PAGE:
Supported Decision Making in Florida

Big News out of Tallahassee last month! Supported Decision Making was recently signed into law in Florida, where I practice law. I am a member of the elder law section of the Florida Bar and we were supporting this bill. Approximately 12% of Floridians have some type of cognitive disability.

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Supported Decision-Making is a process we all use to make life choices. All individuals need help making decisions in everyday life. If a professional we want services from, uses a specialized term for their business or procedures, it could be tough to understand, almost like a foreign language. For example,  a physician may recommend a “CAT Scan” or thermogram, or a banker might advise you about a Certificate of Deposit. So, we ask for help from family members, friends, or any other trusted person to help us understand. We can make good decisions when we gather information and facts to educate us on what to do. This is Supported Decision-Making.  Everyone does this to one extent or another.

This process can be formalized in a written agreement where you detail all the areas in your life that you would like support in making your decisions. In the agreement, you can say who the individuals are that you want to support you in each area, and how you do and do not want to be supported. For example, you might want to make your sister your supporter for deciding your residence. You could state that your sister will help you make a list of amenities you want in an apartment complex, visit apartments with you, and help you set up automatic rent payments. You could also state that you don’t want your sister to talk to your landlord without you.


Larger decisions can be difficult.  You have the right to make choices.  You can ask for support to make your decisions. This means that you will be making the decision, not someone making the decisions for you or instead of you.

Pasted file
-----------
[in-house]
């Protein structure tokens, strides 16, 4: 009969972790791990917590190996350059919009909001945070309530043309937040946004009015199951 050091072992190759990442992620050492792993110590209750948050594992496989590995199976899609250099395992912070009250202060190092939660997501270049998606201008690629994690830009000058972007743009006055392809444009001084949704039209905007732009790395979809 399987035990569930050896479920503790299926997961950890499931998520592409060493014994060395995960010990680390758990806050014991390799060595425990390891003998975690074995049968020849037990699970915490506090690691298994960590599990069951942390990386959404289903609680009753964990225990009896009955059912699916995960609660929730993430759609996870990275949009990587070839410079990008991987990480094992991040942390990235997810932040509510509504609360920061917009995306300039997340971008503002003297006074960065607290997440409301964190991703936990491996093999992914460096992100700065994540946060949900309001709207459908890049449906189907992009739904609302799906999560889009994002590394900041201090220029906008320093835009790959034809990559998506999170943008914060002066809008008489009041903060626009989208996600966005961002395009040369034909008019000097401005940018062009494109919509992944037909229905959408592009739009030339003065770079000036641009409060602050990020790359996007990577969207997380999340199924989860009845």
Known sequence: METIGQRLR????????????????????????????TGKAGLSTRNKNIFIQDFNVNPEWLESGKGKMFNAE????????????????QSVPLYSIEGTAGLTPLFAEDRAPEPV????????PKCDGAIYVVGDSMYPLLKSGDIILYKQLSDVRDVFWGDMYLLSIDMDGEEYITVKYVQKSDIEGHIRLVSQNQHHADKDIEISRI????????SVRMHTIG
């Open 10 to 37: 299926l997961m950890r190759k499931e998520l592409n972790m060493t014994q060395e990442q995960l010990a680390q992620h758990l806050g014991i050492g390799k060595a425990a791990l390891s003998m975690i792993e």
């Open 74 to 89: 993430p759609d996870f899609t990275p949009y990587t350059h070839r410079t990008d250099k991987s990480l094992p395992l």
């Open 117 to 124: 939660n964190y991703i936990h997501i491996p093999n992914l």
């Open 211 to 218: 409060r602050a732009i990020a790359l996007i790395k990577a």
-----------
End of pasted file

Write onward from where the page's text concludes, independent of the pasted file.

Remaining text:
The person or persons that will support you are chosen by you. The supporters can help you make informed decisions in the following ways:

  • Collecting and communicating with you about information that is related to a decision;
  • Explaining the risks and benefits of options;
  • Giving guidance and recommendations; and
  • Assisting you in communicating and carrying out the decision
  • Helping you understand and explore your options;

Ultimately, the final decision is left up to you. A Supported Decision-Making Agreement can be written out and signed by all parties, but signed writing is not required.

What’s so great about this new law?

It is another option besides guardianship.

This new law will protect the dignity, autonomy, and rights of Floridians with disabilities.  The law creates a supportive legal structure to assist persons with developmental disabilities who have decision-making challenges to conduct their affairs independently and with assistance but without the need for guardianship. 

If you remember, guardianship is a last resort and courts do not want to take away people’s rights if there are other options.

This law allows a person with decision-making challenges to appoint a trusted person to help communicate wishes on important topics like health care, employment, relationships, and finances. The disabled person would still have the final say on important life choices, but under a supported decision-making agreement, would receive assistance as they compare options and communicate their decisions.


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